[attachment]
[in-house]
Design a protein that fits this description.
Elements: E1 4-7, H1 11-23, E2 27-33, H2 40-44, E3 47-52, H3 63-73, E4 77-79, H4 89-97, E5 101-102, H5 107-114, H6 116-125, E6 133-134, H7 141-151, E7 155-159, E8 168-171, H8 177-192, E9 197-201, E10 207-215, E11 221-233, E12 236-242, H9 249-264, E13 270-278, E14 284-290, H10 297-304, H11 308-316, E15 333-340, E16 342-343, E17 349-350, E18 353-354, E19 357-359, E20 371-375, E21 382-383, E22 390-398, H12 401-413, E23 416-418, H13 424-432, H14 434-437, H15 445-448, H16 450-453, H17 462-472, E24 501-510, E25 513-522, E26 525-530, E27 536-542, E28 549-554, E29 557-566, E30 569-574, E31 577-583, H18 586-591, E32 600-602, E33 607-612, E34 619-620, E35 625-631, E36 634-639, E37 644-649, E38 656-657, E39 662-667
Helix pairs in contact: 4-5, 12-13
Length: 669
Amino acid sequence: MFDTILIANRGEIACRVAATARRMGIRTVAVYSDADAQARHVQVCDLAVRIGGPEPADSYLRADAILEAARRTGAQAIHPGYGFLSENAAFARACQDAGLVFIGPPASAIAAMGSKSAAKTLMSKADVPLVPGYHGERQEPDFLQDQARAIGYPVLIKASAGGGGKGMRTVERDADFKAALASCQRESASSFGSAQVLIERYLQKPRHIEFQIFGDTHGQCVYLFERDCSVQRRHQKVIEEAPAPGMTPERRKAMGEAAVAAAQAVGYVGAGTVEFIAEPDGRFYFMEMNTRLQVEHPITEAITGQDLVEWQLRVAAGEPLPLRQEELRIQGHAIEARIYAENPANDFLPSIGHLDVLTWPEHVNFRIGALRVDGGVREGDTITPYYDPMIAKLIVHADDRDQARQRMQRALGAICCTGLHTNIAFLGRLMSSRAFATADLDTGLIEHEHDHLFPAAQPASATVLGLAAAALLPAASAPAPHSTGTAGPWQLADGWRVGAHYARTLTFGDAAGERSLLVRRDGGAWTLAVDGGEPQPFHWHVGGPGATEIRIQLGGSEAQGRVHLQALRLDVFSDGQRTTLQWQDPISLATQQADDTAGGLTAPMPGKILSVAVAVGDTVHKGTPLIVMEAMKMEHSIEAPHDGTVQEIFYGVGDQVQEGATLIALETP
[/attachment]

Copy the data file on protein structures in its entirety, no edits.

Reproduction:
[in-house]
Design a protein that fits this description.
Elements: E1 4-7, H1 11-23, E2 27-33, H2 40-44, E3 47-52, H3 63-73, E4 77-79, H4 89-97, E5 101-102, H5 107-114, H6 116-125, E6 133-134, H7 141-151, E7 155-159, E8 168-171, H8 177-192, E9 197-201, E10 207-215, E11 221-233, E12 236-242, H9 249-264, E13 270-278, E14 284-290, H10 297-304, H11 308-316, E15 333-340, E16 342-343, E17 349-350, E18 353-354, E19 357-359, E20 371-375, E21 382-383, E22 390-398, H12 401-413, E23 416-418, H13 424-432, H14 434-437, H15 445-448, H16 450-453, H17 462-472, E24 501-510, E25 513-522, E26 525-530, E27 536-542, E28 549-554, E29 557-566, E30 569-574, E31 577-583, H18 586-591, E32 600-602, E33 607-612, E34 619-620, E35 625-631, E36 634-639, E37 644-649, E38 656-657, E39 662-667
Helix pairs in contact: 4-5, 12-13
Length: 669
Amino acid sequence: MFDTILIANRGEIACRVAATARRMGIRTVAVYSDADAQARHVQVCDLAVRIGGPEPADSYLRADAILEAARRTGAQAIHPGYGFLSENAAFARACQDAGLVFIGPPASAIAAMGSKSAAKTLMSKADVPLVPGYHGERQEPDFLQDQARAIGYPVLIKASAGGGGKGMRTVERDADFKAALASCQRESASSFGSAQVLIERYLQKPRHIEFQIFGDTHGQCVYLFERDCSVQRRHQKVIEEAPAPGMTPERRKAMGEAAVAAAQAVGYVGAGTVEFIAEPDGRFYFMEMNTRLQVEHPITEAITGQDLVEWQLRVAAGEPLPLRQEELRIQGHAIEARIYAENPANDFLPSIGHLDVLTWPEHVNFRIGALRVDGGVREGDTITPYYDPMIAKLIVHADDRDQARQRMQRALGAICCTGLHTNIAFLGRLMSSRAFATADLDTGLIEHEHDHLFPAAQPASATVLGLAAAALLPAASAPAPHSTGTAGPWQLADGWRVGAHYARTLTFGDAAGERSLLVRRDGGAWTLAVDGGEPQPFHWHVGGPGATEIRIQLGGSEAQGRVHLQALRLDVFSDGQRTTLQWQDPISLATQQADDTAGGLTAPMPGKILSVAVAVGDTVHKGTPLIVMEAMKMEHSIEAPHDGTVQEIFYGVGDQVQEGATLIALETP